Thursday, March 28, 2013

Defining "Quality" for Content Marketing

Quality is not, by it's nature quantitative, so it will always be both subjective and a moving target. So what does "quality" mean in the context of content marketing?

As much as I would like to say "Quality is more important" it honestly doesn't matter how good your storytelling is if you're talking to yourself. Compelling, unique content brings in an engaged audience, and nothing draws a crowd like a crowd. To achieve your goals you'll need quantity in audience and quality in content.  

When you and I read a newspaper article, novel or blog post, we bring our own bias, opinions and experience to bear on what is ostensibly someone else's bias, opinions and experience. One should not presume there is a valid way to measure that - if one does, one had clearly lost site of their own bias, opinion and experience.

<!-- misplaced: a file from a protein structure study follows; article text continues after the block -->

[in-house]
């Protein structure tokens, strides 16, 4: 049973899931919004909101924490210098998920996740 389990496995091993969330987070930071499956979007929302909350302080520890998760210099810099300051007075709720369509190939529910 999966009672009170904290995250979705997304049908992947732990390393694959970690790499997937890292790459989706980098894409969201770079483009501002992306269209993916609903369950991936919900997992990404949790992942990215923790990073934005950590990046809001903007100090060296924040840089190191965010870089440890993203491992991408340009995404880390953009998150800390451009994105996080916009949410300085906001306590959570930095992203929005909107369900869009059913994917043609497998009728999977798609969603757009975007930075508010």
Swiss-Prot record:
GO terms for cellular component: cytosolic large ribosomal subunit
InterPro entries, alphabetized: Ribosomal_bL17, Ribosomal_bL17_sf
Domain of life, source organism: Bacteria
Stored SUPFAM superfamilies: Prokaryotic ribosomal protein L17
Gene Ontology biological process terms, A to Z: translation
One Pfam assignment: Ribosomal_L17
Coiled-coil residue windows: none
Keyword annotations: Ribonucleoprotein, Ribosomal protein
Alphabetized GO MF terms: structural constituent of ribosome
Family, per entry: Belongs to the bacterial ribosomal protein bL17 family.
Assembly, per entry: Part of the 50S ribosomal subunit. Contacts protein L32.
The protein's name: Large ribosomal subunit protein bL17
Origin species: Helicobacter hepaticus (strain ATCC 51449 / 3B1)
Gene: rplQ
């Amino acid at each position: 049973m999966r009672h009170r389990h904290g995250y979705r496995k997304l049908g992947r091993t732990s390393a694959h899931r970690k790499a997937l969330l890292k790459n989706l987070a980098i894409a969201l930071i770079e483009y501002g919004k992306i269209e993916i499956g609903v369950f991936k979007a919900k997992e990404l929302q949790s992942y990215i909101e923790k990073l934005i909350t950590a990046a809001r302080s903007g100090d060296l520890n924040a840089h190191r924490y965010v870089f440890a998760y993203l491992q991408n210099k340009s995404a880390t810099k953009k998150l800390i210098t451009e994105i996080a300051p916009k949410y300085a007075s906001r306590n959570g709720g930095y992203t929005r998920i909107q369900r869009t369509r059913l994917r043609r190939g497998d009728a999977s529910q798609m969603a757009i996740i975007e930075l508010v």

For instance, I loved Lord of the Rings the book and thought to movies and incoherent mess. My relatives loved the movies and though the book boring. Which narrative has the best "quality"? The books which have sold millions of copies over decades, or the movies which made millions of dollars? Both are high quality when judged by certain criteria, and perhaps not so high when judged by others.

Quality is judged over time: I've been writing a blog for over a decade now and I'm still gaining new readers. But some people vociferously disagree with my opinion, so they say my blog is poor quality. In this case, "quality" is the word we use to describe things that agree with us. ^_^ 

When you're selling the story of your business, "quality" means "good enough to bring someone back." 

Quality content will sell consumers on your brand, your products, your commitment and on you. 

In content marketing, "quality" is the impression you leave on potential consumers that brings them back as customers.

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